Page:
November 14, 2012 |
FOR ME, ANDY REID became a different guy on Sept. 21, 2010. That was when he made the first of several panic moves, none of which has worked out, panic moves that have transformed a stable, winning franchise into a smoldering ruin in the space of a little more than 2 years. Sept. 21, 2010, was the day Reid announced he was switching quarterbacks, from Kevin Kolb to Michael Vick, because Vick had played six good quarters while Kolb was sidelined by a concussion. You certainly could defend the decision - it looked like a stroke of genius for about 3 months - but there was no getting around the fact that, as I wrote in the Daily News the next day, it might have been "the most unReidlike turnaround of the Reid era. " This was a man who stuck with Todd Pinkston and James Thrash through three NFC Championship Game losses, whose hallmark was careful, deliberate decision-making.
January 5, 2013 |
All signs point to Kansas City as Andy Reid's next stop. The ex-Eagles coach reportedly was "on the verge" of signing a deal with the Chiefs after meeting with the Kansas City brass for nine hours Wednesday in Philadelphia. "The major issues have been discussed and agreed upon," a source told ESPN. Some reports said that Reid still planned to interview with the Arizona Cardinals and San Diego Chargers, but neither team has confirmed such a meeting. Arizona president Michael Bidwill had said that the Cardinals would interview Reid, but those plans appear to have been put off for now. The Cardinals already interviewed Ray Horton, their defensive coordinator, and reportedly have scheduled an interview with Pittsburgh Steelers offensive coordinator Todd Haley.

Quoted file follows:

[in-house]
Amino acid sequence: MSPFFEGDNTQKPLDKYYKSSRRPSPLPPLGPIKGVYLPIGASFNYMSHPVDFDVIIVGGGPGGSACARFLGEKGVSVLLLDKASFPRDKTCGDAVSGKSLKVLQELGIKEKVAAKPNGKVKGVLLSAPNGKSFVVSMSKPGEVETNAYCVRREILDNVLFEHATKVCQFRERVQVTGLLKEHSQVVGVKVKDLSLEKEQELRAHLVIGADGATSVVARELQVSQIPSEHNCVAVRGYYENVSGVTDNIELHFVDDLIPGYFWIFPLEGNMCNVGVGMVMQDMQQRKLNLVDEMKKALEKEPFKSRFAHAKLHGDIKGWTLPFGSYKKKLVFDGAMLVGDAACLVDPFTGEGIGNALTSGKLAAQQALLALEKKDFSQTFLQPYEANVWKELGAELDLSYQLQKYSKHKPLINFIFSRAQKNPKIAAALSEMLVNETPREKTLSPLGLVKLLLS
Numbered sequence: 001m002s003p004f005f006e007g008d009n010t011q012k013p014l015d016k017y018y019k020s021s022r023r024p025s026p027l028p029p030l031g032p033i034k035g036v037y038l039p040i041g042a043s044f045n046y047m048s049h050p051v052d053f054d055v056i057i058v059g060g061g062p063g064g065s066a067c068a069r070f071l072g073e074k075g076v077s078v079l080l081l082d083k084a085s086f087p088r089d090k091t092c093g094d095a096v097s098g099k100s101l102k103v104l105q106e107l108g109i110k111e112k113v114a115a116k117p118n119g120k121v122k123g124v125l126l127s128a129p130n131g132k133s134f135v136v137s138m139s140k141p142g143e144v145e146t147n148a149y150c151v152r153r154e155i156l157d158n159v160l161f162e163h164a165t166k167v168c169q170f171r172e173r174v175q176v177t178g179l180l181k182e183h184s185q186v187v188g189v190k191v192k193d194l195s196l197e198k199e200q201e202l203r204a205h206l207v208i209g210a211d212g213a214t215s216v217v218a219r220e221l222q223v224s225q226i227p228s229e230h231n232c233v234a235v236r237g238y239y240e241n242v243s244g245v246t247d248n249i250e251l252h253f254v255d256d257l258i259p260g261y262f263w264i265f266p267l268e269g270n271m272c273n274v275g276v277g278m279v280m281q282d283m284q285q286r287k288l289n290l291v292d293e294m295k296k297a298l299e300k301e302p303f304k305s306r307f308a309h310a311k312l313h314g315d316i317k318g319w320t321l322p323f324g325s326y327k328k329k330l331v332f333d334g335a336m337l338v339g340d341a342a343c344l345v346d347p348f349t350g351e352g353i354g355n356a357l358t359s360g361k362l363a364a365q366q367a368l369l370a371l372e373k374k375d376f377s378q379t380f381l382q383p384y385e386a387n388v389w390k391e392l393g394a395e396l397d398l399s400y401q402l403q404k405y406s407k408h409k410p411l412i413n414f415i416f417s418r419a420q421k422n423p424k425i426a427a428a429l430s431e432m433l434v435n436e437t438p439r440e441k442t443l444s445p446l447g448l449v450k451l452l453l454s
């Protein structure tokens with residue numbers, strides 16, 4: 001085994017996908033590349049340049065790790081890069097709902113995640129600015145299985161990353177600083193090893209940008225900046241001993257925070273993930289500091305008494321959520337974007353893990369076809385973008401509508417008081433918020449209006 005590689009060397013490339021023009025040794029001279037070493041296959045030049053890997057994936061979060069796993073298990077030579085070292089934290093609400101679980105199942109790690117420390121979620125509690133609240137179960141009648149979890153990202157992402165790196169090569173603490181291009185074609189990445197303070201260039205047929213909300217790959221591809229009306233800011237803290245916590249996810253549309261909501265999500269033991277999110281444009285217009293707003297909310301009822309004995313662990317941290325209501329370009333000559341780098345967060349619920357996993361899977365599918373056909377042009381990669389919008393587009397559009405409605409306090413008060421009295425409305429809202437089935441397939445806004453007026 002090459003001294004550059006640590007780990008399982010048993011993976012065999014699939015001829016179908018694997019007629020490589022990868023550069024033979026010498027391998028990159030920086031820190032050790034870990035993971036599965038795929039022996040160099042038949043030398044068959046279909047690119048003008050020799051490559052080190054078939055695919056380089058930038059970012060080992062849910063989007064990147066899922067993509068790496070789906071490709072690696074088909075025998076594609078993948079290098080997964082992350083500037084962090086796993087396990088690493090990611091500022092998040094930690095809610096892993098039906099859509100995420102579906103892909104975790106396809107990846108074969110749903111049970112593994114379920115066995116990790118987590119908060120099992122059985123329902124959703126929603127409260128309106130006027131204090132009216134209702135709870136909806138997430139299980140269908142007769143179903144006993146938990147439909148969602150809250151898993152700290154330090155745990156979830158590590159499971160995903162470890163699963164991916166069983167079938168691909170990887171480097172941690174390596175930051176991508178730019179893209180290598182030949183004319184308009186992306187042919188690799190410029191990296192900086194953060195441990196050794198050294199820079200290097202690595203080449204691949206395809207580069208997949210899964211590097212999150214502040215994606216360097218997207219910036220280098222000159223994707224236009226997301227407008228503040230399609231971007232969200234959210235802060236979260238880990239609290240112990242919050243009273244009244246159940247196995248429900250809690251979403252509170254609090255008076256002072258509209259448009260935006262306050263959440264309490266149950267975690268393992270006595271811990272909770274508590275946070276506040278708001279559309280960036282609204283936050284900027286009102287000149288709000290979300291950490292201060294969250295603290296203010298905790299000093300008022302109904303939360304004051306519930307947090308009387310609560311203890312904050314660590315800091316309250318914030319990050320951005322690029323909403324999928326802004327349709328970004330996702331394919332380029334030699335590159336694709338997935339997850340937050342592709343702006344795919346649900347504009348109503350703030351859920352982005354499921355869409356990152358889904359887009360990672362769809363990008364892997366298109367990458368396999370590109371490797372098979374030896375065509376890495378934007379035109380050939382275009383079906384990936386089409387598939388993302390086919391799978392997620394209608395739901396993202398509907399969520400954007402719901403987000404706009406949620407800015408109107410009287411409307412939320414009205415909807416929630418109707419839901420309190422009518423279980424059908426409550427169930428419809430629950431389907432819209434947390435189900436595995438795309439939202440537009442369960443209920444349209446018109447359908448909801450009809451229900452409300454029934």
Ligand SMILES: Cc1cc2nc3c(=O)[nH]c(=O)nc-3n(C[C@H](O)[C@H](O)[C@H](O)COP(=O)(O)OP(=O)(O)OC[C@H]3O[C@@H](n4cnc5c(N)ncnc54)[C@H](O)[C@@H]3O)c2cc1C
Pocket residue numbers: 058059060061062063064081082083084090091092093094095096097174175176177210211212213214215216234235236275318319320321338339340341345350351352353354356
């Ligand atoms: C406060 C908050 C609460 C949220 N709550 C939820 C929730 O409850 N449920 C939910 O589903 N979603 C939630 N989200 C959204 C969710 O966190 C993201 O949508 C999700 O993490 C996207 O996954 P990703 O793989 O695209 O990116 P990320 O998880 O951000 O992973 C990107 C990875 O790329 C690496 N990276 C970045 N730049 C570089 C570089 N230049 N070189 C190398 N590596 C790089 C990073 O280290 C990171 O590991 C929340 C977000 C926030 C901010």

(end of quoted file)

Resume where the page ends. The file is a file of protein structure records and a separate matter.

December 30, 2010 |
SOME OF THE EAGLES' problems are hard to fix, such as the fact that they don't really have a top-notch, starting-quality corner to play opposite Asante Samuel, or that rookie middle linebacker Jamar Chaney remains extremely inexperienced. Other things that contributed to Tuesday's loss to the Vikings are more under the control of players and coaches, and shouldn't have happened. That was part of Andy Reid's message in his day-after news conference. "We have to get rid of the things that I don't consider very smart things, like [confusion on]
February 3, 2012
By William C. Kashatus Andy Reid, who's been with the Philadelphia Eagles for 13 seasons, enjoys the longest tenure of any head coach among the city's professional sports teams. But his inability to win a Super Bowl, an antagonistic relationship with the local media, and the growing disenchantment of Eagles fans suggest that his days are numbered. Whether he can extend his career beyond 2013, when his contract expires, remains to be seen. Still, Reid could learn a few lessons from two legendary coaches, Connie Mack and Joe Paterno.
December 10, 2009 |